Running head: Development During Early Adolescence
Development During Early Adolescence
Seasons of Life Research Paper
The development of children ages 12 through 19 years old is expected to include predictable physical and mental milestones. What are the major physical, cognitive, self made motivational changes that early adolescent’s experience? Some are early adolescent’s relations with peers, teachers, and counselors. Can these changes have a significant impact on a variety of developmental outcomes of identity, morality, transitional stages, beginning of puberty and the full commitment to an adult social role, and sexual maturity? Hence, because of the potential impact of these changes, it is important to understand the cycles of adolescents.
Life has store many surprises for us as we develop throughout our whole life span. Developmental stages are the progress that occurs in humans from the time they are born until they grow old and die. Originally beginning with infants and children, development will subsequently progress into adolescence, followed by adult, and lastly elderly. The development occurs in many fields, namely physical, perceptual, cognitive, moral and social. Derived from the Latin verb adolescere (to grow into maturity), adolescence is the period of transition from childhood to adulthood. Adolescent is a distinct and dynamic phase of development in the life of an individual. It is a period of transition from childhood to adulthood and is characterized by spurts of physical, mental, emotional and social development. Who considers "adolescence" to be the period between 10-19 years of age, which generally encompasses the time from the beginning of puberty to the full legal age. The early adolescent developmental period is when individuals experience many changes, including the biological changes associated with puberty, important changes in relations with family and peers, and the social and educational changes related to transition from elementary to middle school (Wigfield, Byrnes, & Eccles, 2002). The biological changes that occur at early adolescence are dramatic, as anyone working with this age group knows (Susman & Rogel, 2004). Pubertal developments, the timings of puberty is quite different for girls and boys; girls enter puberty approximately 18 months before boys do, which means that during early adolescence, girls mature faster. Adolescence can be prolonged, brief, or practically nonexistent, depending on the culture of their society. Adolescence is somewhere between childhood and adulthood.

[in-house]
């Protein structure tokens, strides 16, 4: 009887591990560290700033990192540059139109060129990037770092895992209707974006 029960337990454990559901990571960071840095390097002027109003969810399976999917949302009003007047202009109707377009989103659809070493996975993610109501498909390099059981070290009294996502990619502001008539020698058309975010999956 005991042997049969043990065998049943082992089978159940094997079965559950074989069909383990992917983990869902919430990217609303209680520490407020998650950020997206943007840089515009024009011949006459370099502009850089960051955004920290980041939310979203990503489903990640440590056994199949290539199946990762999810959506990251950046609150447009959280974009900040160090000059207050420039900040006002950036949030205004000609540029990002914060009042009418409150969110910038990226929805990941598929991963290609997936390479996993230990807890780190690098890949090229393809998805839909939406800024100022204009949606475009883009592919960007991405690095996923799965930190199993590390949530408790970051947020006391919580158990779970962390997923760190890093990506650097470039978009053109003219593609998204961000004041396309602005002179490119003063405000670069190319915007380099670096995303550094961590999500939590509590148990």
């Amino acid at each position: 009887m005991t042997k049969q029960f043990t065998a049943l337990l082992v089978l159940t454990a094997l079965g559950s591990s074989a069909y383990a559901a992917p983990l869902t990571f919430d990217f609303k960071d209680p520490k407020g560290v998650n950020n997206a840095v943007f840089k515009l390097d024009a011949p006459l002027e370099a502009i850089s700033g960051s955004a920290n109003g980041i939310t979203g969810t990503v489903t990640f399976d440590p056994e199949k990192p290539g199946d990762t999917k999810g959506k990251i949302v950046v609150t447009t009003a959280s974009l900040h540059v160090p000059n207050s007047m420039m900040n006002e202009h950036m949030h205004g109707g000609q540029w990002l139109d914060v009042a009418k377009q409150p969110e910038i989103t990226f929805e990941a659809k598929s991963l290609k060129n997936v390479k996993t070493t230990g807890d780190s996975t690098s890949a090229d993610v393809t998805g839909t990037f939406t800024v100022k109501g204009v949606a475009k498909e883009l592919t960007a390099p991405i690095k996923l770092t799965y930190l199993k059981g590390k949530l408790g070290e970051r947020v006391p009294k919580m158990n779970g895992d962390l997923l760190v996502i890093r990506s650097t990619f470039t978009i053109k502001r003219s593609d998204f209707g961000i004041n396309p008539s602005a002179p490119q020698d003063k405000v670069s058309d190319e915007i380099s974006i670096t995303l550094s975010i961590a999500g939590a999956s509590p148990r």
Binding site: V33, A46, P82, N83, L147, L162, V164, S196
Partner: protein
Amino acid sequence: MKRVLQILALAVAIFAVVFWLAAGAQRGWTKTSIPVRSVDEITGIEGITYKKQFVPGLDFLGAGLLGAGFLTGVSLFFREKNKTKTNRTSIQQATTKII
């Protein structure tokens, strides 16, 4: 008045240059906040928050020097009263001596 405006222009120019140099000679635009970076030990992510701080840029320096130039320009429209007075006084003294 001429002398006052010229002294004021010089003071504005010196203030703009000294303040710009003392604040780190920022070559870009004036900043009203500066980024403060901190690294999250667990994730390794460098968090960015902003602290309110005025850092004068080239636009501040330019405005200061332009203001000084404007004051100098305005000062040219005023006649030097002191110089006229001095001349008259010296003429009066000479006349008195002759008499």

It is also the period of life between the beginning of puberty and the full commitment to an adult social role, such as worker or parent. It is filled with constant change, uncertainty, but it can be wonderful and full of expectation. Everything a child learned to believe is suddenly challenged. One day you are a cute child that everybody seemed to adore, and the next day your skin and body are changing. Adolescence is a challenging period for both children and their parents. Three stages of adolescence early, middle, and late, are experienced by most teens, but the age at which each stage is reached varies greatly from child to child. These different rates of maturation are connected to physical development and hormone balance, neither of which the child can control. For this reason, adolescents should be treated as individuals and any guidelines should be modified to the particular child. It is very common to come across mood swings in this stage of development.
Gene Roland Medinnus and Ronald C. Johnson state that during adolescence, children develop the ability to:
• Understand abstract ideas, such as higher math concepts, and develop moral philosophies, including rights and privileges
• Establish and...
References: Arden John Boghosian Brain-Based Therapy with children and adolescents: evidence-based treatment for everyday practice/ by John Arden, Lloyd Linford,2004
Chapman, E. N. & Werner-Wilson, R. J. (2008). Does Positive Youth Development Predict Adolescent Attitudes about Sexuality?
Gene Roland Medinnus: Ronald C Johnson Child $ adolescent psychology: behavior and development New York, Wiley 1969
Marcia, J.E. (1980). Identity in adolescence. In J.Andelson (Ed.), Handbook of adolescent psychology. New York: Wiley.
Susman, E.J., & Rogel, A. (2004). Handbook of adolescent psychology
Wigfield, Byrnes, & Eccles, in press; Wigfield & Eccles, 2002
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